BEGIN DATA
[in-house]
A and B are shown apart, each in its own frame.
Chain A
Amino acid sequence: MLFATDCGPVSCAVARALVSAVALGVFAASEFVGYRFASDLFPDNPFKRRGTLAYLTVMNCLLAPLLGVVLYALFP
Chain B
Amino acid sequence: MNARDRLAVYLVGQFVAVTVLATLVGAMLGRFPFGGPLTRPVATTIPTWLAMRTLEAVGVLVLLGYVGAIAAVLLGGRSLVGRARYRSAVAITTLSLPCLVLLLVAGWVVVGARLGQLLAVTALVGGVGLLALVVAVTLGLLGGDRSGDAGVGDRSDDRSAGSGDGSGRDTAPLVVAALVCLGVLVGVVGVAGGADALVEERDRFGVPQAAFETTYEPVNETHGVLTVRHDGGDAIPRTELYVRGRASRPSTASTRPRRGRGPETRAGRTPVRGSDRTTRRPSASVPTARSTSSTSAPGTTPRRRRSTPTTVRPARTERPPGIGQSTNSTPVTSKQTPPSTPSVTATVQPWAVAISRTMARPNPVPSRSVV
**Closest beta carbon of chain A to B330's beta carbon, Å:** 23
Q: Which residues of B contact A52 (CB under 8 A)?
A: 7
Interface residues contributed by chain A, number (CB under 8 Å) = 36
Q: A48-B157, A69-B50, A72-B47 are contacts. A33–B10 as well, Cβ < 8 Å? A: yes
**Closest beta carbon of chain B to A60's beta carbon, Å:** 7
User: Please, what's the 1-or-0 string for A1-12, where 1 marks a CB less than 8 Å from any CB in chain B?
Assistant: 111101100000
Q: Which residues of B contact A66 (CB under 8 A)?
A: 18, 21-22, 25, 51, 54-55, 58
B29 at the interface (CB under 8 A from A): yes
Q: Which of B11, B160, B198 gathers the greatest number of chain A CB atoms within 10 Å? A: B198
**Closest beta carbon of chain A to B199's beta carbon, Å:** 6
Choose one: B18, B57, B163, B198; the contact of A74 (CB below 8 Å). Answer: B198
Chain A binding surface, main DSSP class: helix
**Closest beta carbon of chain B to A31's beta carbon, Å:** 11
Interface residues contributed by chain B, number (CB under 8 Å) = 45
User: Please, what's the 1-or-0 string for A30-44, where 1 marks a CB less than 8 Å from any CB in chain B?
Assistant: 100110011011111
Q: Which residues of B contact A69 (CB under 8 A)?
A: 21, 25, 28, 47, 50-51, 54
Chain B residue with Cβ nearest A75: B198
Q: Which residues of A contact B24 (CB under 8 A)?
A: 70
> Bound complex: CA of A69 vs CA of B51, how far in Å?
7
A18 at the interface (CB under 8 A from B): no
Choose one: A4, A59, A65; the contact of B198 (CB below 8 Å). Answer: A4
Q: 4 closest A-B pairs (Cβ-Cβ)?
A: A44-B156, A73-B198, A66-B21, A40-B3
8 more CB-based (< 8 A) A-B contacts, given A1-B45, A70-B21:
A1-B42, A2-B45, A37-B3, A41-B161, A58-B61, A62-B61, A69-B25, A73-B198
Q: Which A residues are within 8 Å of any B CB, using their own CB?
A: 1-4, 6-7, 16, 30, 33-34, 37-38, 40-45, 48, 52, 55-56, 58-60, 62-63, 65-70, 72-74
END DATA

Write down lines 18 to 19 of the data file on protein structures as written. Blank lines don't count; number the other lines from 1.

Q: Which of B11, B160, B198 gathers the greatest number of chain A CB atoms within 10 Å? A: B198
**Closest beta carbon of chain A to B199's beta carbon, Å:** 6